Claude Coats started out in backgrounds in animation; through this experience, he became a master at establishing moods through the use of atmosphere. In the 1950s, Coats designed the building for Mr. Toad’s Wild Ride, pioneering the idea of sculpting ideas before they were built. He told imagineer Tony Baxter that Baxter should remain hands on. Drawing can trick people into believing that something can be done. Those same tricks can’t be done to a sculpture.
He worked alongside Marc Davis on the Pirates of the Caribbean, and at the completion of that attraction, he was assigned the Haunted Mansion. While both Coats and Davis wanted to be the headman on the Haunted Mansion, it was there interaction that made the Haunted Mansion a classic attraction. The tension between the two came from their differing ideas about what the Haunted Mansion should be. Coats wanted a scarier attraction. Marc Davis wanted some humor in the attraction.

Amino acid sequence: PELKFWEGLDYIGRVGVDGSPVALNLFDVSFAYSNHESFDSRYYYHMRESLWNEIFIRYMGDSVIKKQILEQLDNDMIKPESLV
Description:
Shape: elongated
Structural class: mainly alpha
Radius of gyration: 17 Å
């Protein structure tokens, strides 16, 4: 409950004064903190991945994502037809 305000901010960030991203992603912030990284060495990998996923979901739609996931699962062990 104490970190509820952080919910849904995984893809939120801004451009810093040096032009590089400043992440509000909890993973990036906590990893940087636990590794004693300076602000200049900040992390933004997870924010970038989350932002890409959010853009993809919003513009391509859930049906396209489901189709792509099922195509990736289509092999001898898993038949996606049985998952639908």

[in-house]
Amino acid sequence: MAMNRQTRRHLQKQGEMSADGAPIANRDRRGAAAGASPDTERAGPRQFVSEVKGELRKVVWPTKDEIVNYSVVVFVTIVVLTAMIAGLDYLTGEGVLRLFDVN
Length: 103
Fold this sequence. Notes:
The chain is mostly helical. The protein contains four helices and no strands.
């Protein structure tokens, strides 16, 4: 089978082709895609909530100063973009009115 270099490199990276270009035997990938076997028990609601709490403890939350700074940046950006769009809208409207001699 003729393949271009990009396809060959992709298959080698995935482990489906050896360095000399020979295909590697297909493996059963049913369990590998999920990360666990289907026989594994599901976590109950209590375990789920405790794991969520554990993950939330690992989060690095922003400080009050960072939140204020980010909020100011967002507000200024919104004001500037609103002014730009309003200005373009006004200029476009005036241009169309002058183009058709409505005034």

Walt Disney recognized that Coats had a knack for being able to translate two dimensional images into three dimensions. Coats was also able to lay down tracks that maximized the use of a building’s interior. These talents were put to good use by the Disney Company. Find out what your talents are and find the best way to use them.
Sources: “The Haunted Mansion: Imagineering a Disney Classic” by Jason Surrell.
“Walt Disney’s Imagineering Legends and the Genesis of the Disney Theme Park” by Jeff Kurtti.
For more on creativity and the Haunted Mansion, get “The Haunted Mansion Is Creativity” online or at the Candy Cane Inn in Anaheim.
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